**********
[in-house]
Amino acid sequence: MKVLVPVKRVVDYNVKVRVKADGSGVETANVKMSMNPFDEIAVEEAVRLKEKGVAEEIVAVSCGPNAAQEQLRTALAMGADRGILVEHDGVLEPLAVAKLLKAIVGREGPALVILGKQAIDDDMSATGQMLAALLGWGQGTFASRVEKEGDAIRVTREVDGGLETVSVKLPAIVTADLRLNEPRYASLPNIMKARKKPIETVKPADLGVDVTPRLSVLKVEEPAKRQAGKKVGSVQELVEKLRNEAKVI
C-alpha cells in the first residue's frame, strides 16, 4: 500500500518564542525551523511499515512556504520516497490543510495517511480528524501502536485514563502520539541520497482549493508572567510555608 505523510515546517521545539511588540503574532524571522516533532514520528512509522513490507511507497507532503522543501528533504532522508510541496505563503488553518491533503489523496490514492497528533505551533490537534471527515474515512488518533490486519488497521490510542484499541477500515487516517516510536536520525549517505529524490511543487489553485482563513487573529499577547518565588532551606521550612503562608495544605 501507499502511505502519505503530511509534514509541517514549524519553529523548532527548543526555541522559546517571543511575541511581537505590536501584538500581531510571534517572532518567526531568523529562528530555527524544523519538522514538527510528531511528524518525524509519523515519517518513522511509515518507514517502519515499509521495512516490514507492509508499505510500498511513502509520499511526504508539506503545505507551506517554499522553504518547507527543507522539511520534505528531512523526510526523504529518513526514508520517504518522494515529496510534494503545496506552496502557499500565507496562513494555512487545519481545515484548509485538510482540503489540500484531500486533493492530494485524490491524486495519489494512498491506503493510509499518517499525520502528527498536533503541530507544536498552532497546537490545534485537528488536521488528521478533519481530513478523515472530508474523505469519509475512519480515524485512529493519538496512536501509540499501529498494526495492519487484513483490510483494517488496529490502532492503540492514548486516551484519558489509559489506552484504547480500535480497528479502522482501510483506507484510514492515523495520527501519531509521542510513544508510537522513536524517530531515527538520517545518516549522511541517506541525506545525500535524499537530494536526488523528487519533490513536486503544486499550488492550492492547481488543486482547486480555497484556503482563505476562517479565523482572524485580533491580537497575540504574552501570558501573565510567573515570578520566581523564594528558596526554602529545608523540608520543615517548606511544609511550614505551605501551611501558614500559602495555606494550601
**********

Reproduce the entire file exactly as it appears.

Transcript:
[in-house]
Amino acid sequence: MKVLVPVKRVVDYNVKVRVKADGSGVETANVKMSMNPFDEIAVEEAVRLKEKGVAEEIVAVSCGPNAAQEQLRTALAMGADRGILVEHDGVLEPLAVAKLLKAIVGREGPALVILGKQAIDDDMSATGQMLAALLGWGQGTFASRVEKEGDAIRVTREVDGGLETVSVKLPAIVTADLRLNEPRYASLPNIMKARKKPIETVKPADLGVDVTPRLSVLKVEEPAKRQAGKKVGSVQELVEKLRNEAKVI
C-alpha cells in the first residue's frame, strides 16, 4: 500500500518564542525551523511499515512556504520516497490543510495517511480528524501502536485514563502520539541520497482549493508572567510555608 505523510515546517521545539511588540503574532524571522516533532514520528512509522513490507511507497507532503522543501528533504532522508510541496505563503488553518491533503489523496490514492497528533505551533490537534471527515474515512488518533490486519488497521490510542484499541477500515487516517516510536536520525549517505529524490511543487489553485482563513487573529499577547518565588532551606521550612503562608495544605 501507499502511505502519505503530511509534514509541517514549524519553529523548532527548543526555541522559546517571543511575541511581537505590536501584538500581531510571534517572532518567526531568523529562528530555527524544523519538522514538527510528531511528524518525524509519523515519517518513522511509515518507514517502519515499509521495512516490514507492509508499505510500498511513502509520499511526504508539506503545505507551506517554499522553504518547507527543507522539511520534505528531512523526510526523504529518513526514508520517504518522494515529496510534494503545496506552496502557499500565507496562513494555512487545519481545515484548509485538510482540503489540500484531500486533493492530494485524490491524486495519489494512498491506503493510509499518517499525520502528527498536533503541530507544536498552532497546537490545534485537528488536521488528521478533519481530513478523515472530508474523505469519509475512519480515524485512529493519538496512536501509540499501529498494526495492519487484513483490510483494517488496529490502532492503540492514548486516551484519558489509559489506552484504547480500535480497528479502522482501510483506507484510514492515523495520527501519531509521542510513544508510537522513536524517530531515527538520517545518516549522511541517506541525506545525500535524499537530494536526488523528487519533490513536486503544486499550488492550492492547481488543486482547486480555497484556503482563505476562517479565523482572524485580533491580537497575540504574552501570558501573565510567573515570578520566581523564594528558596526554602529545608523540608520543615517548606511544609511550614505551605501551611501558614500559602495555606494550601